Getting a character into your story can be tricky business. You’ve brainstormed and free written like a crazy person and you’ve learned what your characters’ voices sound like. You’ve used those people to help create an engaging story that will suck your readers in and refuse to let them go. But, now, you have to figure out how to bridge the gap and actually put your characters into that story.
I think the most important thing I can tell you is to be patient. Be deliberate. Do not push too hard or too quickly. We put so much work into our characters and we want our readers to know all about them. We want readers to know who our characters are and why they are so important to the story. We want to bring readers up to speed very quickly so we can get on with telling the story.
Resist the urge to do this. In real life, we discover people by what they do. People don’t hand out autobiographies so others will understand their motivations and quirks. We discover that stuff over time by the way people talk, the things they say, and the things they do or don’t do.
This is just as true with your characters. If they are arrogant, let it come out in the speech. If they are thoughtless, let their behavior show it. Allow other characters to react to what they do. But, above all, let your readers get to know your characters naturally. Reveal only what you need to reveal. I believe the best characters are the ones we actually get to know, rather than the ones we know about.
There will be cases, however, where backstory is unavoidable. There will be situations where it’s vital. As an example, one of the characters in The Timekeeper’s Son does something that will have most moms scratching their heads because it seems so unnatural. It goes against every maternal instinct they have and it threatens to make her unbelievable. Because of that, I had to deliver a dramatic bit of backstory so I could keep that from happening. I needed my readers to say, “Oh, I see why she did that. That makes total sense.”
That is a bit of an extreme example. There are certainly other cases that are less severe. Even still, my suggestion is that you avoid backstory if there is another way. If you can’t avoid it, reveal it through action and dialog. Create a scene where the backstory is relevant and show it rather than telling it. And if you have to tell it, try to do it in small chunks.
More than anything, I guess I’m saying that I hate it when a new character is introduced and the author sidetracks for a page or three telling you all about her. It feels like the author is trying to convince me there is a good reason for the character to be in the story. A better way to do that is to make the character contribute to the story in some way. If they do that, then there isn’t any room for doubt as to whether or not they should be there. If background has to be shared, do it through action or in little bits.
Another important factor with characters is the need to be subtle. Resist the urge to create stereotypes. Resist the urge to overdo characters’ personalities so that people will get the point. In ancient Greece, actors wore caricature masks that exaggerated a particular emotion. They would have gigantic smiles or frowns or whatever. This was because people were often far away and couldn’t see facial expressions.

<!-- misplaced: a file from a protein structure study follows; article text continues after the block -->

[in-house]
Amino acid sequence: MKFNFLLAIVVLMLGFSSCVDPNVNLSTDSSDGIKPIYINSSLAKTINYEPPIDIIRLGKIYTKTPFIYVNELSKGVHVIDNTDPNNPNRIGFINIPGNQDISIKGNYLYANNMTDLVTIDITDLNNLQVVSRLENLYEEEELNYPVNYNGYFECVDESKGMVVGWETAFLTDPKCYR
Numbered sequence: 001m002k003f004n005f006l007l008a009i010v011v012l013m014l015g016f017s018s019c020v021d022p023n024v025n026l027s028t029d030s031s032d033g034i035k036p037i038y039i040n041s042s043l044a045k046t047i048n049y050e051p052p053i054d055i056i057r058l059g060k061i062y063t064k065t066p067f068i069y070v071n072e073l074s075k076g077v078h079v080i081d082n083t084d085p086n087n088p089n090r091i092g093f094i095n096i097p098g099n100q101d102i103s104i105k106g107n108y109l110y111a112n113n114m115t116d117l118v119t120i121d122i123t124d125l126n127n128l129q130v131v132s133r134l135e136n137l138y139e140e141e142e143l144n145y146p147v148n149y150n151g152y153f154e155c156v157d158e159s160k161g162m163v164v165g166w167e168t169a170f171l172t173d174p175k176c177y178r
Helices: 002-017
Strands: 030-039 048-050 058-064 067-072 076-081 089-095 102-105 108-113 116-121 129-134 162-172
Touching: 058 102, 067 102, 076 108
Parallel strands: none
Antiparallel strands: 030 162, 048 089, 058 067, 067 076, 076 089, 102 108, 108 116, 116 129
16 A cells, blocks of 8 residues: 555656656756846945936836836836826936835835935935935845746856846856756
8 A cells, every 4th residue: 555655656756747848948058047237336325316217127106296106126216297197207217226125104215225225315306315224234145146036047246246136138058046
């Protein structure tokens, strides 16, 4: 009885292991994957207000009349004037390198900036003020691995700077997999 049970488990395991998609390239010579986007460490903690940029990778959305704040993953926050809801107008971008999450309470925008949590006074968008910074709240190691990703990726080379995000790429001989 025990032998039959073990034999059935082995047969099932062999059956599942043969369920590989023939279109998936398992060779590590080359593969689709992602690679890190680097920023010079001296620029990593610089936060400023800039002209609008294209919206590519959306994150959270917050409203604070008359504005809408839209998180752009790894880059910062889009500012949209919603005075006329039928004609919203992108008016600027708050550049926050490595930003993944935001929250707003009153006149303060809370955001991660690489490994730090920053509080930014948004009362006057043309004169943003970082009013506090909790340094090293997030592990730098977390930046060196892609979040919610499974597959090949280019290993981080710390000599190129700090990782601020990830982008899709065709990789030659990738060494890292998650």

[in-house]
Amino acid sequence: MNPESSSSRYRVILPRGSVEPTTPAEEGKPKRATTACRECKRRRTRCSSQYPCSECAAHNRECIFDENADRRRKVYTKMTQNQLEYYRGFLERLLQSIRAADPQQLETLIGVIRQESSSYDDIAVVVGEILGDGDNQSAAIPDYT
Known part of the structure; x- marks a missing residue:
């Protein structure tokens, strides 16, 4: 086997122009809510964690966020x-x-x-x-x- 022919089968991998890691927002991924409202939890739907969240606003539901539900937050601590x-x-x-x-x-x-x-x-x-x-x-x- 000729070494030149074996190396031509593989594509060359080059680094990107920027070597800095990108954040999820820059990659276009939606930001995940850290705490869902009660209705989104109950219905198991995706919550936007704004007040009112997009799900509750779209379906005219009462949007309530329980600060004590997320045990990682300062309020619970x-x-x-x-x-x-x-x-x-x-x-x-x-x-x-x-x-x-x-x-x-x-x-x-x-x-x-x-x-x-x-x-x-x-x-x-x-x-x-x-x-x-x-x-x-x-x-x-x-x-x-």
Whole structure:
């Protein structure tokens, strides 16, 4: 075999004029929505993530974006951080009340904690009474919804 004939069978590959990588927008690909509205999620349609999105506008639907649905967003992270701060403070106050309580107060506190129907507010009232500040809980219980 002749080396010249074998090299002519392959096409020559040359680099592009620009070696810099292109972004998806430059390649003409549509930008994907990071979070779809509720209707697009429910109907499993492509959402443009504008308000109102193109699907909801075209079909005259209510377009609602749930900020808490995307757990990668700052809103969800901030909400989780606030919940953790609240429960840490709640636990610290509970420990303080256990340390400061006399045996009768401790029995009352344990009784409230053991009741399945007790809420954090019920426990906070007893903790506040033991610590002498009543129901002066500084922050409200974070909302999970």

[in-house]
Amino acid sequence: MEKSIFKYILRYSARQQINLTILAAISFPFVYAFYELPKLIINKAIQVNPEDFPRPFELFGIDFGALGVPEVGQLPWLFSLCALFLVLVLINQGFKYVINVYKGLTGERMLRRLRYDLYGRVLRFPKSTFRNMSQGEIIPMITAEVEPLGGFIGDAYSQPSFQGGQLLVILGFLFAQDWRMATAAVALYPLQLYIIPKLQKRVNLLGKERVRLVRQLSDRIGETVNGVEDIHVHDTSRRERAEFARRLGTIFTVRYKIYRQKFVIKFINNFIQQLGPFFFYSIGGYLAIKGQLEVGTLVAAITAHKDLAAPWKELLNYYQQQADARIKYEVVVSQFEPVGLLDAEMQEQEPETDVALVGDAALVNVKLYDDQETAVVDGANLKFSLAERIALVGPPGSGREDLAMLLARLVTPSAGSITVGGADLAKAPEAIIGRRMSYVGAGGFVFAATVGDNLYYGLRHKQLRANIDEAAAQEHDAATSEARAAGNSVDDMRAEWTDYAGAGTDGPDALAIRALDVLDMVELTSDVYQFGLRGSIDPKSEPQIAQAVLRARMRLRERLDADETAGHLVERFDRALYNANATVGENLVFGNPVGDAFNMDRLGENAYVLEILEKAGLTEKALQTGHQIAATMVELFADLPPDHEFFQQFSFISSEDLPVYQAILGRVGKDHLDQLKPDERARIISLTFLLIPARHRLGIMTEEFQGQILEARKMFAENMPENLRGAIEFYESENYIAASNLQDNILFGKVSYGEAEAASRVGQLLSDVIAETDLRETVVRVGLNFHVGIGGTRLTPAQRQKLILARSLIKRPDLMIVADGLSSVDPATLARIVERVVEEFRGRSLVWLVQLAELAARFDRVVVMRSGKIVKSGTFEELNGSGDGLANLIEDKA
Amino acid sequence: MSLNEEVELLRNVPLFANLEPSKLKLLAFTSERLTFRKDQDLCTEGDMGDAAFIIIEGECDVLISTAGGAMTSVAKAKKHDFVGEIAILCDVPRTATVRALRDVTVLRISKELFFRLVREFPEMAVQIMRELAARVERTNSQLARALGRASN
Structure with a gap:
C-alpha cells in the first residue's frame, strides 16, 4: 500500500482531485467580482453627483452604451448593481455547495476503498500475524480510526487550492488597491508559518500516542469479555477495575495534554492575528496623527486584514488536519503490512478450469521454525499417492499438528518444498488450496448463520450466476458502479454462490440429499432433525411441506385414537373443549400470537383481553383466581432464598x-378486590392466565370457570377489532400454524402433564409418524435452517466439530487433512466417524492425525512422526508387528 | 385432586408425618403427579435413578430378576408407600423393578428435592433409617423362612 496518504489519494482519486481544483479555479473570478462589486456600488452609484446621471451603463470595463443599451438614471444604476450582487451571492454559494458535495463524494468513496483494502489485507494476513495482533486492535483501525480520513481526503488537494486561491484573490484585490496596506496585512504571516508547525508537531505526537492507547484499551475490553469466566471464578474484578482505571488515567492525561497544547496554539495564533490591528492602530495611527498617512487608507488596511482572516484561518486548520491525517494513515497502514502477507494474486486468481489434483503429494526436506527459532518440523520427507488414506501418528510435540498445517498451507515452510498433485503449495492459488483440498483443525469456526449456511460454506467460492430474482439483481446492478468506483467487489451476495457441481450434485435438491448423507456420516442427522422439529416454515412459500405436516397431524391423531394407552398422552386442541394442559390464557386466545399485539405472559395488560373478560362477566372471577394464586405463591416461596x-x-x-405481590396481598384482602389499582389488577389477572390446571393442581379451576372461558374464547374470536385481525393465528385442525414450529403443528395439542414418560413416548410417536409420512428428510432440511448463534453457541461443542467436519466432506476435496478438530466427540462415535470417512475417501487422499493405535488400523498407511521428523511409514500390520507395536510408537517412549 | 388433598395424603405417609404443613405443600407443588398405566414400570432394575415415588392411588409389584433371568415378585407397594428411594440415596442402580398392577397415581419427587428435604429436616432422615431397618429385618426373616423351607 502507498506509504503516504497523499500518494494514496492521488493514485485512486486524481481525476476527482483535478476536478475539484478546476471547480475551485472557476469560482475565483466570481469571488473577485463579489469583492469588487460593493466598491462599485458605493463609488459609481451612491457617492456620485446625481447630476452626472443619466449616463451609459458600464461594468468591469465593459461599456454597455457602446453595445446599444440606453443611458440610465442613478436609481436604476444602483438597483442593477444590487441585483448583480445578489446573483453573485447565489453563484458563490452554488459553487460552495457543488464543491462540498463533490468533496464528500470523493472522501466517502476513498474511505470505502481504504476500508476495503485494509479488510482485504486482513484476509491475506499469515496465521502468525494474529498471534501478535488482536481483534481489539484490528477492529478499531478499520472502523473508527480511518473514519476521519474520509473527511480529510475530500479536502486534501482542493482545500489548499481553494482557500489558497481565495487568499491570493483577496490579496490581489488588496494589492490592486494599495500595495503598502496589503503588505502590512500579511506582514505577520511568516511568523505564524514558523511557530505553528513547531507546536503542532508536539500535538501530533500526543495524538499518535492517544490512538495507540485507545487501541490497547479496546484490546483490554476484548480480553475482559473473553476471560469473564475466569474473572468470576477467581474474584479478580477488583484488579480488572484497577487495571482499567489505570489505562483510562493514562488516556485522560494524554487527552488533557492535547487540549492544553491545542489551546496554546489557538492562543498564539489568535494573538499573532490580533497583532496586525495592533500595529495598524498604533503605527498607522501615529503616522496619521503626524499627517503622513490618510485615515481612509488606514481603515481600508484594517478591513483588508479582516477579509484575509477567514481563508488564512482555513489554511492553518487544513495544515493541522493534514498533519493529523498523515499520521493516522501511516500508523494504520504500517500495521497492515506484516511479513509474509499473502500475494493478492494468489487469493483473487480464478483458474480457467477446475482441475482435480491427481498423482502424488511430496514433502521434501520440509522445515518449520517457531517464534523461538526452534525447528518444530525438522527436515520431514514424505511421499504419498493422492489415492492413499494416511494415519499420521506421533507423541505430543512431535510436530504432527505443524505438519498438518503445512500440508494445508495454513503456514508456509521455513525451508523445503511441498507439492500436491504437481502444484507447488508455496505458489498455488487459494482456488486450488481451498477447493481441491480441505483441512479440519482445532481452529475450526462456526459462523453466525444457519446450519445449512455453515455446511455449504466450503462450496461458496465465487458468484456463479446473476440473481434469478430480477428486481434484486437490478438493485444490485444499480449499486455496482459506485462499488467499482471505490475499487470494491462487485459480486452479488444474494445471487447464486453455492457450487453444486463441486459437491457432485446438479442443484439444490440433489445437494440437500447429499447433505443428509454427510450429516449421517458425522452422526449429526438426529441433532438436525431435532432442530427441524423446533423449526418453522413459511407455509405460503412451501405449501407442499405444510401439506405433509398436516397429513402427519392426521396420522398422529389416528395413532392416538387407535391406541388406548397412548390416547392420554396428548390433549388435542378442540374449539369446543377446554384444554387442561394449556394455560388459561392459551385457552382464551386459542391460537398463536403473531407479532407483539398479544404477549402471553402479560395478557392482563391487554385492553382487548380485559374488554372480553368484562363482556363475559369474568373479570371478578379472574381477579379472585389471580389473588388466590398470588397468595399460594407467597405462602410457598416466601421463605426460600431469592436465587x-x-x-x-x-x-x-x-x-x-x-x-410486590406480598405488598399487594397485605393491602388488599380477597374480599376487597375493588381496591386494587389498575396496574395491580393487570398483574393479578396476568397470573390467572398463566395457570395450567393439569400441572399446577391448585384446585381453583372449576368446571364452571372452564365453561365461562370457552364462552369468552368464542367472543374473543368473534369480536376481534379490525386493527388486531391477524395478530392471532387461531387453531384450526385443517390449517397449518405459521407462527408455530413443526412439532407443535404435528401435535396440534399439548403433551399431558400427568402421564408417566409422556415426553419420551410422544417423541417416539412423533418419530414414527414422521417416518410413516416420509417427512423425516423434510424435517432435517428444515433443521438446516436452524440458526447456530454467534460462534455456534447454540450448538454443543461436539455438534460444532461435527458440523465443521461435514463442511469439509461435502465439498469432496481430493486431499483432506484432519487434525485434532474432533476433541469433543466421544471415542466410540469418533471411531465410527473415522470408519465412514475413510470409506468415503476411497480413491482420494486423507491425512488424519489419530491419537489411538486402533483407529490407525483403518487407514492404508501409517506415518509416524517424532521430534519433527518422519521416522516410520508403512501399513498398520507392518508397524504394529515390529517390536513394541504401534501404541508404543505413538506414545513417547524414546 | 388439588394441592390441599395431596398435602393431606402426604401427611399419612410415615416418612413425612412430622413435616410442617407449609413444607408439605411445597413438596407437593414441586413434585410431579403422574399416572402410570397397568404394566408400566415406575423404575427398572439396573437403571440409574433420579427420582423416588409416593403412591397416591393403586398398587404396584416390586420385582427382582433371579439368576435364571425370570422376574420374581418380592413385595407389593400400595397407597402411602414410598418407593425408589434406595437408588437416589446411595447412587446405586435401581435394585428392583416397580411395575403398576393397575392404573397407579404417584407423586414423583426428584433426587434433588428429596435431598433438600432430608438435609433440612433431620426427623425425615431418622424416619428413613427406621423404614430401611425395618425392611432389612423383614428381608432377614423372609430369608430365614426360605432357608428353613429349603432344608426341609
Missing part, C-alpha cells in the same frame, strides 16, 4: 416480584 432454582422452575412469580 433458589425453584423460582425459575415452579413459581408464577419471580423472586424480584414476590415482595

Don’t do this in your writing. Don’t do it. It will make your characters seem contrived and, even worse, annoying. People won’t like or hate your characters, at least in a good way. They will not want to spend time with them or get to know them. Aside from not having a compelling story, this is the quickest way to lose readers.
Almost as important as not overdoing it is not underdoing it – particularly with emotion. Your readers will know when they expect emotion. And they will know when they don’t. Use your knowledge of your characters to know when they are apt to react emotionally or not. Also, use that knowledge to know what “emotional” means. Some characters will cry anytime you say boo. Other characters could lose all their friends and family and still not cry, in public at least. Those people might express anger or they might withdraw. Know your characters and stay true to them. Do NOT make them react in a way that is convenient for the story.
So, now, we come full circle back to a basic question. How do you know? How can you tell if you’ve pulled it off and your characters are engaging? I’m not sure I can really tell you that. I think you will instinctively know. When you read your story, are there places that bug you and you can’t quite figure out why? I had that problem. One of my characters was bothering me. He felt a little flat to me and I wasn’t sure why.
I let some beta readers read the story and guess what? One of them called me on it. She said one of the characters was hard to connect with. Guess which one? Yep, the one I was questioning. You want to know a secret? He was the character I spent the least amount of time developing. I had hoped that I was being too critical and that no one would notice. Yeah, um… bad plan. Readers are smarter than that.
The point I’m trying to make is to trust your instincts. You’ve got them, I know you do. Sometimes, they can be a little hard to hear over all the noise. Sometimes that noise is our anxiousness to get the story finished. Sometimes it is our desire to get it perfect. Sometimes, it is a sick feeling because you’ve got both going on. But if you can get those things to quiet down so you can listen to what your gut has to say, you’ll know whether you’ve gotten it right.